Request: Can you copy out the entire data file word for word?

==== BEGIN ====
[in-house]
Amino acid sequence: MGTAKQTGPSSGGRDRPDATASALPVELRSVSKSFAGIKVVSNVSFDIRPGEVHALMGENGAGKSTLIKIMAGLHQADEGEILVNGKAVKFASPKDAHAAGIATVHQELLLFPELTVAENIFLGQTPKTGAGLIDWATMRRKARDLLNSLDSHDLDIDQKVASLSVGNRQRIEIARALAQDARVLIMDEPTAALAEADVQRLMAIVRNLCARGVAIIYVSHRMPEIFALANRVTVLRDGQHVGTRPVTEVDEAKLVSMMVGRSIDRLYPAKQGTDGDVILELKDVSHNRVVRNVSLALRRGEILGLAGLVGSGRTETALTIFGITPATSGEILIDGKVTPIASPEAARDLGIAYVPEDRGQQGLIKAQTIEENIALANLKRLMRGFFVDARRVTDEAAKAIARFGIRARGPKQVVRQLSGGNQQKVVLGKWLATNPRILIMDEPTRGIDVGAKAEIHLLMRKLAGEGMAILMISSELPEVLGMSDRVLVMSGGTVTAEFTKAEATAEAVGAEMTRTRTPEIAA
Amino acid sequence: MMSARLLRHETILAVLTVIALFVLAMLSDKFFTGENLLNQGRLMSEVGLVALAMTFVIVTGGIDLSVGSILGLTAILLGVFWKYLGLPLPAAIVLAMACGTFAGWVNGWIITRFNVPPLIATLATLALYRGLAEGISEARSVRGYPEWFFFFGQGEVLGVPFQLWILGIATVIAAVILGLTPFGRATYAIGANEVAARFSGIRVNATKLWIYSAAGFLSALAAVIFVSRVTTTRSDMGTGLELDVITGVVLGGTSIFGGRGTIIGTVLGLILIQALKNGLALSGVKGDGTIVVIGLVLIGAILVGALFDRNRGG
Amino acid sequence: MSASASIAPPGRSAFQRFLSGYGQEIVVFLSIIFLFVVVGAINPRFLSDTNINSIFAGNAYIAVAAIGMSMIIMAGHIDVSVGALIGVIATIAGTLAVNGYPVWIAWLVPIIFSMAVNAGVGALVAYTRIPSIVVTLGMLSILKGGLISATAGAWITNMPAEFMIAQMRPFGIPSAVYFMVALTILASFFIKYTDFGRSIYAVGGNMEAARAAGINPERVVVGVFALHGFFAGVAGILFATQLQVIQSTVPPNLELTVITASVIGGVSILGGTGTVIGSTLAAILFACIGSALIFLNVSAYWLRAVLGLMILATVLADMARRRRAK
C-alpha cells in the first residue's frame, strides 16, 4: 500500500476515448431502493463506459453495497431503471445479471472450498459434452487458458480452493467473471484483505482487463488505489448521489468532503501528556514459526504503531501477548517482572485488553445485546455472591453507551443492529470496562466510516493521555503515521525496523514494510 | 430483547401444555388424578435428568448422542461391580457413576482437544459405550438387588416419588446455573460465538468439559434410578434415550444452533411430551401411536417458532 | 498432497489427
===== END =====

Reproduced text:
[in-house]
Amino acid sequence: MGTAKQTGPSSGGRDRPDATASALPVELRSVSKSFAGIKVVSNVSFDIRPGEVHALMGENGAGKSTLIKIMAGLHQADEGEILVNGKAVKFASPKDAHAAGIATVHQELLLFPELTVAENIFLGQTPKTGAGLIDWATMRRKARDLLNSLDSHDLDIDQKVASLSVGNRQRIEIARALAQDARVLIMDEPTAALAEADVQRLMAIVRNLCARGVAIIYVSHRMPEIFALANRVTVLRDGQHVGTRPVTEVDEAKLVSMMVGRSIDRLYPAKQGTDGDVILELKDVSHNRVVRNVSLALRRGEILGLAGLVGSGRTETALTIFGITPATSGEILIDGKVTPIASPEAARDLGIAYVPEDRGQQGLIKAQTIEENIALANLKRLMRGFFVDARRVTDEAAKAIARFGIRARGPKQVVRQLSGGNQQKVVLGKWLATNPRILIMDEPTRGIDVGAKAEIHLLMRKLAGEGMAILMISSELPEVLGMSDRVLVMSGGTVTAEFTKAEATAEAVGAEMTRTRTPEIAA
Amino acid sequence: MMSARLLRHETILAVLTVIALFVLAMLSDKFFTGENLLNQGRLMSEVGLVALAMTFVIVTGGIDLSVGSILGLTAILLGVFWKYLGLPLPAAIVLAMACGTFAGWVNGWIITRFNVPPLIATLATLALYRGLAEGISEARSVRGYPEWFFFFGQGEVLGVPFQLWILGIATVIAAVILGLTPFGRATYAIGANEVAARFSGIRVNATKLWIYSAAGFLSALAAVIFVSRVTTTRSDMGTGLELDVITGVVLGGTSIFGGRGTIIGTVLGLILIQALKNGLALSGVKGDGTIVVIGLVLIGAILVGALFDRNRGG
Amino acid sequence: MSASASIAPPGRSAFQRFLSGYGQEIVVFLSIIFLFVVVGAINPRFLSDTNINSIFAGNAYIAVAAIGMSMIIMAGHIDVSVGALIGVIATIAGTLAVNGYPVWIAWLVPIIFSMAVNAGVGALVAYTRIPSIVVTLGMLSILKGGLISATAGAWITNMPAEFMIAQMRPFGIPSAVYFMVALTILASFFIKYTDFGRSIYAVGGNMEAARAAGINPERVVVGVFALHGFFAGVAGILFATQLQVIQSTVPPNLELTVITASVIGGVSILGGTGTVIGSTLAAILFACIGSALIFLNVSAYWLRAVLGLMILATVLADMARRRRAK
C-alpha cells in the first residue's frame, strides 16, 4: 500500500476515448431502493463506459453495497431503471445479471472450498459434452487458458480452493467473471484483505482487463488505489448521489468532503501528556514459526504503531501477548517482572485488553445485546455472591453507551443492529470496562466510516493521555503515521525496523514494510 | 430483547401444555388424578435428568448422542461391580457413576482437544459405550438387588416419588446455573460465538468439559434410578434415550444452533411430551401411536417458532 | 498432497489427